An imaginary garden with real toads in them
3D collage / photograhy

Book, 20x25cm, 60 pages

In 2018, the UK government initiated a public consultation on reforming the Gender Recognition Act to make the process of legal gender recognition less intrusive and bureaucratic. The proposed changes included allowing individuals to self-identify their gender without requiring medical evidence or the approval of a panel of experts.

However, this proposed reform faced significant opposition from TERFs who argued that making the process easier could lead to potential misuse, or undermine the rights of cisgender women. They raised concerns about access to single-sex spaces, such as women's shelters and public restrooms.

At present (July 2023), there is no process in any part of the UK by which transgender people may achieve legal recognition of their acquired gender based on self‑declaration only. Many transgender people feel the current process is “overly intrusive, humiliating and administratively burdensome,” and they argue “by requiring a diagnostic psychiatric report, the process perpetuates the outdated and false assumption that being trans is a mental illness.”Gendered Intelligence, a trans-led and trans-involving grassroots organisation, added that “non-binary people will continue to be excluded from legal gender recognition through the binary nature of this consultation and the law to which it pertains.“

As government policy continues to render non-binary people (such as myself) invisible and ignored, partly due to the challenge we pose to the binary diagnostic ideology described above, I have carved out a space of sanctuary in response. An imaginary garden with real toads in them is an exploration of my own transness. Through the lens of Sci-fi aesthetics as shaped by authors Pamela Sargent, Ursula LeGuin and Octavia Butler, the series revolves around themes of inheritance, chosen family, pregnancy/sterility, ugly offsprings, sexual and asexual reproduction, human and non-human relationships.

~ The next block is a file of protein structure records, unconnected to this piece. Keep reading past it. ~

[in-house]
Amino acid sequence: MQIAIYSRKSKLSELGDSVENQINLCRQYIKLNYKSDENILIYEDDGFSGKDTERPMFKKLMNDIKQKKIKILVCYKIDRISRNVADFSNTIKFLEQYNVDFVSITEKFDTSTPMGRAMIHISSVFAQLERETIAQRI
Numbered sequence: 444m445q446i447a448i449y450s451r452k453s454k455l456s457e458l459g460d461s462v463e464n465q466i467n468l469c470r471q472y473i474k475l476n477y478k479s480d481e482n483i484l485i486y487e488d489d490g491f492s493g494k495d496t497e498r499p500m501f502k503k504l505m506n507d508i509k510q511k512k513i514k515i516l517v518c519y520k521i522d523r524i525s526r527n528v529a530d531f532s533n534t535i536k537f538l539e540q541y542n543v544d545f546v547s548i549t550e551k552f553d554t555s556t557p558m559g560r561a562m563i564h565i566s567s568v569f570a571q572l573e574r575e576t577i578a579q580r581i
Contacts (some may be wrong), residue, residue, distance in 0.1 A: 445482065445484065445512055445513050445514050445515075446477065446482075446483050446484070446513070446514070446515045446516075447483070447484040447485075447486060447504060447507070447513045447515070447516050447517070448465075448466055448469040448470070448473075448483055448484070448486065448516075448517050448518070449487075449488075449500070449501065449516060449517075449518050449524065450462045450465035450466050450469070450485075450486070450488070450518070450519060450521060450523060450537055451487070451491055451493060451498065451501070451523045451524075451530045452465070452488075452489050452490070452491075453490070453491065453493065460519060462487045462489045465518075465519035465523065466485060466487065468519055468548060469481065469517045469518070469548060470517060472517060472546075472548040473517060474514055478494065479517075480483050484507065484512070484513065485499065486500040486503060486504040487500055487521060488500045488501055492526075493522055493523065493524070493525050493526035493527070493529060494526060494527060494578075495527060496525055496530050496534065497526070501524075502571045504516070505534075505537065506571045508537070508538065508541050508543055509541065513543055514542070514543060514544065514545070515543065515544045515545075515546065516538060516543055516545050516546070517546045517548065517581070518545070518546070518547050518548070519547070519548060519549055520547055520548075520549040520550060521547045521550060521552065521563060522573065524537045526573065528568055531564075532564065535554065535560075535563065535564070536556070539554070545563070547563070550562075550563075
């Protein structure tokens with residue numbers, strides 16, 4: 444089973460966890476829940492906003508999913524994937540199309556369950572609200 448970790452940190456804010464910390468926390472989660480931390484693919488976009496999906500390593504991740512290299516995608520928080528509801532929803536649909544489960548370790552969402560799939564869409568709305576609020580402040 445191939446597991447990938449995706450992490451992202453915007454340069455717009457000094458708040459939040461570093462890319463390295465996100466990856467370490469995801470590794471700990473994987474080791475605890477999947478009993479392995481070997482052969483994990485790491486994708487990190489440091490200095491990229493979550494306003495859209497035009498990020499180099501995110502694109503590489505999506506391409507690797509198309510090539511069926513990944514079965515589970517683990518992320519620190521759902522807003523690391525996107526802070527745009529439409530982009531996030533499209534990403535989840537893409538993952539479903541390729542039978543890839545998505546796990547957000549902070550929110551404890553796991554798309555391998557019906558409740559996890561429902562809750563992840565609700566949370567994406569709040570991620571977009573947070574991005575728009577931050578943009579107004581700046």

The title refers to the poetry of late modernist poet Marianne Moore and her particular stance on the relationship between human (the reader) and non-human (the subject/poem). Through fleeting encounters, incompletely grasped situations or deceptive titles, her poetry maintains a sense of keeping things alive by a refusal of dominance over another one’s body. Moore did not want to master the animals she writes about and nor does she want the reader to know them fully—because total knowledge also involves mastery. For me, this idea of mastery maps onto the UK government’s approach of demanding a medical diagnosis in order to fully ‘see’ and ‘validate’ transness.  

Moore lived most of her life in Brooklyn with her mother, and apart from a couple of visits to the zoo, the animals she writes about/for/with were never encountered in the flesh, but rather in magazines or book - an anti-practice of the ‘cabinet of curiosities’ that many of her contemporaries exercised. My use of 3D imagery, virtual fur, 3D collage and other imagined animalistic shapes is similarly speculative, allowing for a state of undying and future potential existence.

Throughout the series, there is a leitmotif of chest imagery. The human torso is a mythologised, politicised and gendered part of the body. Societal struggles play out from the human torso as focal point and metaphorical battle ground, over issues such as sexualisation, breastfeeding, ideals of the ‘right’ kind of torso to fit a binary gendered system, representation of post-op bodies, and much more. An imaginary garden with real toads in them gives form to my continuously evolving realm of gender fluidity, occupying a transness that refuses pathologization. Mixing images of my torso with non-human elements and/or changing its shape allows me to explore notions of ‘becoming with’ – outside of binary oppression.

Transitional object
Archival pigment print on self-adhesive Hahnemühle and archival pigment print on Hahnemühle, framed, 425 x 225 cm